20. 20. The beautiful features of MSSQL §  http://msdn.microsoft.com/en-us/library/ ms187331.aspx
  21. 21. The beautiful features of MSSQL §  http://msdn.microsoft.com/en-us/library/ ms187024.aspx §  SQL Server 2008 R2 (<= 4 CPUs): §  256 thread pool (x86) §  512 thread pool (x86_64) §  I did my tests on SQL Server Express (on Windows 7) –  Connection numbers/thread pools are much more limited
  22. 22. The beautiful features of MSSQL §  MySQL and Postgres do not support this –  Postgres example: http://www.postgresql.org/docs/ 8.2/static/functions-datetime.html §  Still, you could use BENCHMARK or other similar functions –  Excessive CPU load if parallelized? Probably
  23. 23. The beautiful features of MSSQL §  With DBs != MSSQL you can still exploit SQLi using Time-based Blind vectors from the browser –  But you can’t parallelize requests §  Most ASP/.NET applications uses MSSQL §  MSSQL presence in the internet is widespread
  24. 24. The beautiful features of MSSQL
  25. 25. BeEF and putting all together §  MSSQL only right now –  PoC retrieving DB and Table names §  Concurrent approach –  Multiple WebWorkers –  Multiple hooked browsers §  3 to 4 times faster than SQLmap §  They disabled multi-threading when using time-based blind vectors, with every database, even MSSQL §  Can be re-enabled hacking the source code
  26. 26. Concurrent approach: WebWorkers §  Classic binary search inference IF ASCII(SUBSTRING((...),position,1)) > bin_value WAITFOR DELAY '00:00:02';-–  Position: byte position in the string to retrieve –  Bin_value: current mid value in the binary search §  Retrieving DB name (first request, first byte): http://172.16.37.149:8080/? book_id=1%20IF(UNICODE(SUBSTRING( (SELECT%20ISNULL(CAST(DB_NAME()%20AS %20NVARCHAR(4000)), CHAR(32))),1,1))%3E64)%20WAITFOR%20DELAY %20%270:0:2%27--
  27. 27. Concurrent approach: WebWorkers §  If the response is delayed, the first byte of the DB name string is > 64 (Integer value) §  If the response is NOT delayed, the first byte of the DB name string is <= 64 (Integer value) §  Example with first byte == 115 (“s”) §  §  §  §  §  §  §  Response delayed. Char is > 64 Response delayed. Char is > 96 Response delayed. Char is > 112 Response not delayed. Char is < 120 Response not delayed. Char is < 116 Response delayed. Char is > 114 Response not delayed. Char is == 115 -> s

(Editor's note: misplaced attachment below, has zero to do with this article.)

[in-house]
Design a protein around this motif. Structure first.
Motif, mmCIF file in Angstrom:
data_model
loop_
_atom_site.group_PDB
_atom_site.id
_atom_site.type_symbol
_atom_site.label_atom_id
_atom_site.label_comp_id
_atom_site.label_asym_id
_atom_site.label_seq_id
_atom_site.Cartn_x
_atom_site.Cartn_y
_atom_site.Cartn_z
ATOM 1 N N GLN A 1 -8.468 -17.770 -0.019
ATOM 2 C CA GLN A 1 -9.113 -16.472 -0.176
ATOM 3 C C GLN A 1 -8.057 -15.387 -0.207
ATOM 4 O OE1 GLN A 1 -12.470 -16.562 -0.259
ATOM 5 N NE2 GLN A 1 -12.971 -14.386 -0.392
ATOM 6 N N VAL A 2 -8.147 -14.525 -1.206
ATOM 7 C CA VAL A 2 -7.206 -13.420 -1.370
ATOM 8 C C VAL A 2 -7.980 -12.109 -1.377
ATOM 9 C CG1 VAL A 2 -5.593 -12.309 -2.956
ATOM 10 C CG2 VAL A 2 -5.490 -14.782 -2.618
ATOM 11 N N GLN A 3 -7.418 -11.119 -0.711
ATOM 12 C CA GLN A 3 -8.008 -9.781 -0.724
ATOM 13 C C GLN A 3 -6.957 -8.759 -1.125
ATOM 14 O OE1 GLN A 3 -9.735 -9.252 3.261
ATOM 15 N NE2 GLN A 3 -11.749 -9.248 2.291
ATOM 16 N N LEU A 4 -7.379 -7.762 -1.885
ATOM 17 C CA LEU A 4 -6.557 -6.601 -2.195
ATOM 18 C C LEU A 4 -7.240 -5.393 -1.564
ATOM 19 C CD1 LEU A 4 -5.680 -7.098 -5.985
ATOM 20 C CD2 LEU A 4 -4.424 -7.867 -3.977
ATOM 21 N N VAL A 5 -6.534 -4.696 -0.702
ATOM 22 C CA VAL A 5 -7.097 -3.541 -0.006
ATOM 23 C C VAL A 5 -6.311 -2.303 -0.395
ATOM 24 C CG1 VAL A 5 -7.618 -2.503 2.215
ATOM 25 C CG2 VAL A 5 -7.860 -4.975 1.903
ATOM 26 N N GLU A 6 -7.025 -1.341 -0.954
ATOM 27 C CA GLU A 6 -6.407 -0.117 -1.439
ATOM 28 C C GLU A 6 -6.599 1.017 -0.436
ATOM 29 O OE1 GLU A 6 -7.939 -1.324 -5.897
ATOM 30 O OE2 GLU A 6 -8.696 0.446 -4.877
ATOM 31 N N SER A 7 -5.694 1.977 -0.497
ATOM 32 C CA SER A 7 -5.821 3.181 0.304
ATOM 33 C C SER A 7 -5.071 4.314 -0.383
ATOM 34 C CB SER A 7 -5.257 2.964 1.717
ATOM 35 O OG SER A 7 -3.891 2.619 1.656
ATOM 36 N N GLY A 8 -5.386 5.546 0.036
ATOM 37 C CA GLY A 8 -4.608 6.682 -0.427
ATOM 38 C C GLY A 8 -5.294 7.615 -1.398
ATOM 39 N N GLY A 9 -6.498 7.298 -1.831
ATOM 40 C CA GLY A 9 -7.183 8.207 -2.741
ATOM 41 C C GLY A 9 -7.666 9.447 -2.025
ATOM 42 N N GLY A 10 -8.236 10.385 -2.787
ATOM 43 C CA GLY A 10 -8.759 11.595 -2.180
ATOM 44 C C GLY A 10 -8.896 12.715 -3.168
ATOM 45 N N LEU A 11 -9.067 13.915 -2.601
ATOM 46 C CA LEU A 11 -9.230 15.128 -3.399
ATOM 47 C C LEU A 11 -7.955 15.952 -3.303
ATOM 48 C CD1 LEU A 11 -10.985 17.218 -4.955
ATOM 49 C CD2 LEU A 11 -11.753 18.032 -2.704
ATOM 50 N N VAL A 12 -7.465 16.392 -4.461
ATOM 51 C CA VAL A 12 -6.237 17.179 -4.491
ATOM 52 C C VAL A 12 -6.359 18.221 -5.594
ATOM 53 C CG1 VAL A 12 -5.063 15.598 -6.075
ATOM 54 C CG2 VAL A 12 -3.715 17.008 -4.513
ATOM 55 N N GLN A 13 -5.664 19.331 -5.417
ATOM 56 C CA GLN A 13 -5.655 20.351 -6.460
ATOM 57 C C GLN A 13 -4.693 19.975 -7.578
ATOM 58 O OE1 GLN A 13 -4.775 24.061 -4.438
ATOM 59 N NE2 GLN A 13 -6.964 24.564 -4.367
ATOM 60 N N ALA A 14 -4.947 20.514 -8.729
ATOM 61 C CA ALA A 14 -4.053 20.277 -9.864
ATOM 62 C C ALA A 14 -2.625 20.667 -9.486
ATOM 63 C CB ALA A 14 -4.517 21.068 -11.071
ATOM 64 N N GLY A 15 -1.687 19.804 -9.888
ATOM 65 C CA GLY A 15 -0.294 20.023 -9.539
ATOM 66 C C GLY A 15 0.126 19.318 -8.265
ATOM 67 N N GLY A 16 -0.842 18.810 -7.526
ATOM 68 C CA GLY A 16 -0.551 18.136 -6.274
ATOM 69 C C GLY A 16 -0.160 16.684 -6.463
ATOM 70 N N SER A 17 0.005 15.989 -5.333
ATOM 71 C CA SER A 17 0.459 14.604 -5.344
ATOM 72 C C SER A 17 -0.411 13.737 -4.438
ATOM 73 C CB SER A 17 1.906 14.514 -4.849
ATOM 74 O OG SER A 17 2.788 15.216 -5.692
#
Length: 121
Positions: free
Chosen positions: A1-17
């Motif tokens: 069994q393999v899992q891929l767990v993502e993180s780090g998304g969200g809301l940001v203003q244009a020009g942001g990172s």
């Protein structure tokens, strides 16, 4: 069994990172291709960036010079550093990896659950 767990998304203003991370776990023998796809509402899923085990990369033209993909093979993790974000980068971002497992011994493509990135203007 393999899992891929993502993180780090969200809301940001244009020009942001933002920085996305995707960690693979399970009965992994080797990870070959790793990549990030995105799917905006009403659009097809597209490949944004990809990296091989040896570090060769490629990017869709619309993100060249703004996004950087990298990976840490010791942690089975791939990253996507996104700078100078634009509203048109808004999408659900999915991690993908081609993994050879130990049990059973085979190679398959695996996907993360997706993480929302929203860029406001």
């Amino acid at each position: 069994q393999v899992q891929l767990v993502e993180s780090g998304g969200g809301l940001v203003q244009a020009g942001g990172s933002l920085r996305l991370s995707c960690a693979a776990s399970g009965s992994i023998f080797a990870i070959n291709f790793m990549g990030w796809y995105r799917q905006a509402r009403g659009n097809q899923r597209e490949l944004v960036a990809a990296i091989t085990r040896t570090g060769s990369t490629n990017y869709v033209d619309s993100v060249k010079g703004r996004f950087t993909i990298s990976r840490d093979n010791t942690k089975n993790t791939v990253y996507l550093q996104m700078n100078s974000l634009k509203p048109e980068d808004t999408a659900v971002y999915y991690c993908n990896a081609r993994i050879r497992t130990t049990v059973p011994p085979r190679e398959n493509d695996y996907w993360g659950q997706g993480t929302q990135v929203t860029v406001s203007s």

28. 28. Concurrent approach: WebWorkers §  Given a pool of WebWorkers (controlled by a state-machine in JavaScript) §  Every WW manage one byte (7 requests each) §  You can retrieve up to <pool_size> bytes at the same time §  WW communicate with the “parent” state-machine with postMessage() §  Everything is happening from and in the browser
  29. 29. Concurrent approach: multiple browsers §  As we can parallelize requests with WebWorkers, we could even distribute the data dumping process across multiple browser –  Reliability §  Minimize the impact of loosing an hooked browser –  Stealthiness (and piss-off forensic guys) §  The attack looks like coming from different sources –  Fun (and piss-off forensic guys) §  You want to target company X, which has company Y as competitor: hook some company Y browsers, and instrument them to exploit a SQLi in company X website :D §  Company X will think company Y is attacking them
  30. 30. BeEF and putting all together §  Demo –  Video, as last year here in RuxCon the live demo failed (Vmware Fusion issues, broken VM, porco dio!) –  https://vimeo.com/78055061
  31. 31. BeEF and putting all together §  If you liked this talk, support BeEF buying: §  Pre-order on Amazon available, out March 2014 §  50% of revenues will be used for the BeEF project (testing infrastructure, etc..)
  32. 32. Wrap-up §  Thanks to Wade Alcorn for inspiration, research motivation, and for being awesome! §  Thanks to Bernardo Damele (SQLmap) §  Thanks Chris and RuxCon crew §  Thanks Trustwave for paying my trip here §  BeE(F)R time now!